Protected trust deeds: improving the process consultation

Public consultation on recommendations for improvements to the Protected Trust Deed Process.

V. Background

Part 1. Current Trust Deed Process

1. Having taken advice and decided that a trust deed is the appropriate way to deal with their debt, a debtor will meet with an insolvency practitioner (the trustee) who will draw up a trust deed. Only licensed insolvency practitioners 2 can be trustees in relation to trust deeds.

1.1 Trust deeds are voluntary agreements, granted by a debtor in favour of a trustee under which assets of the debtor are transferred to be administered for the benefit of creditors and the payment of debts. They provide, through realisation of assets or contributions from the debtor's income, for the repayment of part of what is owed to creditors over the course of the trust deed. Trust deeds generally run for a period of 3 years although some may extend to 5 years.

1.2 Once the trustee has collected the information regarding the debtor's financial circumstances and what the debtor can afford to pay towards his debts, he advertises the trust deed in the Edinburgh Gazette and writes to the creditors to propose payment of some of what is owed - a dividend.

1.3 A trust deed can become 'protected' if a sufficient number of creditors do not object to the trust deed protection request and thus are deemed to agree to it. Once protected, the trust deed is binding on all creditors who can usually take no further action to pursue the debt owed providing the debtor complies with the terms of the trust deed. Upon completion of the trust deed the remaining unpaid debt is written off although secured lenders can still rely on their security.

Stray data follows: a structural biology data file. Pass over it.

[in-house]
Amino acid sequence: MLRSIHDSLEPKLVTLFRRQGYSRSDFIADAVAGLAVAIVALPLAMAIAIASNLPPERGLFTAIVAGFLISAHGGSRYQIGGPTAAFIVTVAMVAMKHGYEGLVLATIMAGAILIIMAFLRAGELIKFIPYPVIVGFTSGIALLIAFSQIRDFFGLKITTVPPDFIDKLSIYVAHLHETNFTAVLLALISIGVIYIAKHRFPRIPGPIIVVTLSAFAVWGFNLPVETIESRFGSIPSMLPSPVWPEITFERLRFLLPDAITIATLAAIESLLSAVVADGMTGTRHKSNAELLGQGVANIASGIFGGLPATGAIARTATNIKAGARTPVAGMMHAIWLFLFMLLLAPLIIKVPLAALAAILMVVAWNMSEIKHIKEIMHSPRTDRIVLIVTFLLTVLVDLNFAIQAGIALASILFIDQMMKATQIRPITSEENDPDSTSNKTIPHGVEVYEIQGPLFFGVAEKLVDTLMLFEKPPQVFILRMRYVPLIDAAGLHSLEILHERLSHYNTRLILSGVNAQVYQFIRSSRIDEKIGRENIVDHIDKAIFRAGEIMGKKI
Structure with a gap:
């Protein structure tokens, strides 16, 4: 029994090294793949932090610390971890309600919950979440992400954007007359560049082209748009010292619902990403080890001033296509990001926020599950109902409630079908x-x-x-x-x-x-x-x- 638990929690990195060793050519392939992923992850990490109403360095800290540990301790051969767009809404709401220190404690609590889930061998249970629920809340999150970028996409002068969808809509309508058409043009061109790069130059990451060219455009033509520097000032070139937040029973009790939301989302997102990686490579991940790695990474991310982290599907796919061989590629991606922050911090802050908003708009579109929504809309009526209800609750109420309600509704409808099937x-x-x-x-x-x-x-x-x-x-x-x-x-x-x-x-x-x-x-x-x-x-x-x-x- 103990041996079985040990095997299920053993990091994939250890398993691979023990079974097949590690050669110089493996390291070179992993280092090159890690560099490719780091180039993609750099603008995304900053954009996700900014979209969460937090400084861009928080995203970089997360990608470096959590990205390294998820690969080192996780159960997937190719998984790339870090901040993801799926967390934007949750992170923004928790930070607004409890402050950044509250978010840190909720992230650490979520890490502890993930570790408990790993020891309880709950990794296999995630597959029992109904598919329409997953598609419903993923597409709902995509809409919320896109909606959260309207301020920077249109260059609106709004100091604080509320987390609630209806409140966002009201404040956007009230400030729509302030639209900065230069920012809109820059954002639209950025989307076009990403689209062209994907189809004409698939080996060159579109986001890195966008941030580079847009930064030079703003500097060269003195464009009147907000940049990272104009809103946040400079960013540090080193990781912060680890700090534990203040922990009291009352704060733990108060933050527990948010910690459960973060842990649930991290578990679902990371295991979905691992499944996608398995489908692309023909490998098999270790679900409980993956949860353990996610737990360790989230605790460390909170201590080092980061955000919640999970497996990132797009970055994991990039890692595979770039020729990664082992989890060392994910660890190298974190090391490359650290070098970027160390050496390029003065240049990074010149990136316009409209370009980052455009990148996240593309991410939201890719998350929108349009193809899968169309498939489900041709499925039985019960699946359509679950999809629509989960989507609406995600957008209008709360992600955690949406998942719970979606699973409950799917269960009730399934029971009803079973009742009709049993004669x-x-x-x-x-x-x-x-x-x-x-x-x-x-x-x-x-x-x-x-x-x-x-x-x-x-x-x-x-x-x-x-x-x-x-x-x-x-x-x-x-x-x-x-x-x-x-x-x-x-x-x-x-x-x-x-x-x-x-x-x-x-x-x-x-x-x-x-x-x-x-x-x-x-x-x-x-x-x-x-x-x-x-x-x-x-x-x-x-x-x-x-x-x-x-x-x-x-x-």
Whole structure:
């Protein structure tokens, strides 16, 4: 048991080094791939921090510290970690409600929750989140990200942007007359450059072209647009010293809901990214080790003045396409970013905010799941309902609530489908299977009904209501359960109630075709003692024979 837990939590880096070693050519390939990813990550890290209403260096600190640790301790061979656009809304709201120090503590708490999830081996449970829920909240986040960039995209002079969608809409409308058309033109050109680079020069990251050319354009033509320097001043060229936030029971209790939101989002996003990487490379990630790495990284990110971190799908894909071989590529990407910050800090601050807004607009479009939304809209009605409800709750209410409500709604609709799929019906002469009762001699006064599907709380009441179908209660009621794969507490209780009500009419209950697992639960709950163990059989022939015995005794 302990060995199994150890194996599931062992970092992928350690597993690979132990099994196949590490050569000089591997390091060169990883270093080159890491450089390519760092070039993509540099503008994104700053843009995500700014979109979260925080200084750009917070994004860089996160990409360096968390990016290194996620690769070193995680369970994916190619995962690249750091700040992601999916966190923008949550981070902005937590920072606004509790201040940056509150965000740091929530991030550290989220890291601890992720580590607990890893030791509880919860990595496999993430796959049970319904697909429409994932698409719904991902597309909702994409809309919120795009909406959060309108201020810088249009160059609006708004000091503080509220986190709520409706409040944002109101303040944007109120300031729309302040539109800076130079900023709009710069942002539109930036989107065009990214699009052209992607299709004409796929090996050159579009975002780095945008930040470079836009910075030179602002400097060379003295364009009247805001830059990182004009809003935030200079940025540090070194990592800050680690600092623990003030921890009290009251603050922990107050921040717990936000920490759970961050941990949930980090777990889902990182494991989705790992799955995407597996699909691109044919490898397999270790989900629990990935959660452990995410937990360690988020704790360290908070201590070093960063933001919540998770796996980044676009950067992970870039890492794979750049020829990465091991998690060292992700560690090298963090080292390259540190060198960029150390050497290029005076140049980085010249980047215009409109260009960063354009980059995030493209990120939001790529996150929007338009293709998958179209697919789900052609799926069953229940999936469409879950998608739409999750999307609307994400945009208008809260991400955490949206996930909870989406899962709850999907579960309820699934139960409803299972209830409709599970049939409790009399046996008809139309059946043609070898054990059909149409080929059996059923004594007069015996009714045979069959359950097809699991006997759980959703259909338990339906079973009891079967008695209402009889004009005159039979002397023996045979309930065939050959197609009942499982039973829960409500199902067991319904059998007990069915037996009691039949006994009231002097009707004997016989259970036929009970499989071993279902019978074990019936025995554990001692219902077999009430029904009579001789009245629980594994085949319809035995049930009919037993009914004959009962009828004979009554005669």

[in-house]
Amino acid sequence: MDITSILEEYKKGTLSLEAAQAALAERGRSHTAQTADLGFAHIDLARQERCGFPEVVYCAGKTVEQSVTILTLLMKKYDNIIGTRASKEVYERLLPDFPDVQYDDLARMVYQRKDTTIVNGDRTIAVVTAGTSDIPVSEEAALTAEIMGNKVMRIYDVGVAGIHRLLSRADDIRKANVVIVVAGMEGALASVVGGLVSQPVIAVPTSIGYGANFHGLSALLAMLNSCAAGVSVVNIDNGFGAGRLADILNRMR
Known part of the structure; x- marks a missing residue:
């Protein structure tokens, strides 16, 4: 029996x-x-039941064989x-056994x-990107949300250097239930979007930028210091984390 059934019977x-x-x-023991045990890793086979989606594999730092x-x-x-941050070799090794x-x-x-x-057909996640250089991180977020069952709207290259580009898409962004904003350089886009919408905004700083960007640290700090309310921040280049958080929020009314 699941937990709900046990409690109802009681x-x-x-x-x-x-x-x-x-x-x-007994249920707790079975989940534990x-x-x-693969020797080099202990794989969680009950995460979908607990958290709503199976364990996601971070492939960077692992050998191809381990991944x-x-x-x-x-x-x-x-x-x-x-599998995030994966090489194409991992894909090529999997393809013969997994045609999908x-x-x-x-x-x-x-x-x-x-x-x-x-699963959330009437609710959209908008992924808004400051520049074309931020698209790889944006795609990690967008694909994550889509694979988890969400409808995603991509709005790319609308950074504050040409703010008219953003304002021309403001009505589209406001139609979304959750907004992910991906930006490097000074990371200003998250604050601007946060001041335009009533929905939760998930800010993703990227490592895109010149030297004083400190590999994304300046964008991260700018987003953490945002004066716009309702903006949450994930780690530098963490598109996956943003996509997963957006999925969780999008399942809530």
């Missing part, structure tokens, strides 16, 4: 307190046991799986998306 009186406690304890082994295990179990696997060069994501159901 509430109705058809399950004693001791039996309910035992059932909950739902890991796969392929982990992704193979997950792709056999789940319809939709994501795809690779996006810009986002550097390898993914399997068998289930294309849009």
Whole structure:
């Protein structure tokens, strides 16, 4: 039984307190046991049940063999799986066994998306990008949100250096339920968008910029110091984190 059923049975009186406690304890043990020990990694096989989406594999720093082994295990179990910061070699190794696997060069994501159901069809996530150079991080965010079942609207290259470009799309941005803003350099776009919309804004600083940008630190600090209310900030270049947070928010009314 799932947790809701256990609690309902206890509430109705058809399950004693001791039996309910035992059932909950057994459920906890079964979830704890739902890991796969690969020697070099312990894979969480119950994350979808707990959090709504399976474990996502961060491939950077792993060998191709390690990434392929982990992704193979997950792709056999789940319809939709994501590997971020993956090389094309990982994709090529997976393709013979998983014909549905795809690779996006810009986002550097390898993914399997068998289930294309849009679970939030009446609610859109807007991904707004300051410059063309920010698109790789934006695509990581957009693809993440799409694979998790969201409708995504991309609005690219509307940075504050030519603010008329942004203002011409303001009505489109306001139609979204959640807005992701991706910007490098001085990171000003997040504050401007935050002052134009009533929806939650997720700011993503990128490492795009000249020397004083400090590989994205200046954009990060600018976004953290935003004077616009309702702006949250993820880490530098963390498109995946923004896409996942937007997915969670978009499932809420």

1.4 An ordinary trust deed is not binding on creditors who have not agreed to its terms and they can still decide to pursue their debt; only a PTD is binding on all creditors.

1.5 As a result of the changes introduced by the BAD Act, the Protected Trust Deed (Scotland) Regulations 2008 (2008 Regulations) require trustees to provide additional information, not previously supplied, in respect of trust deeds. They are now required to provide a Statement of the Debtor's Affairs and to complete Form 3, a Statement of Anticipated Realisations from a PTD. Form 3 details the anticipated contributions from the debtor, expected realisations from assets, the estimated cost of administering the PTD and proposed dividend to ordinary creditors.

1.6 The trustee must prepare a statement of his accounts and send a copy to the debtor, each creditor and the AiB. Once the trustee fees and outlays have been paid from the money ingathered, the trustee will pay a dividend to creditors, usually at the end of the trust deed.

1.7 When the administration of the trust deed is complete and the trustee has made the final distribution of the estate among the creditors, the trustee may seek his discharge from the creditors who agreed to the trust deed. The trustee will make an application to the creditors and will issue a certificate of discharge to the debtor.


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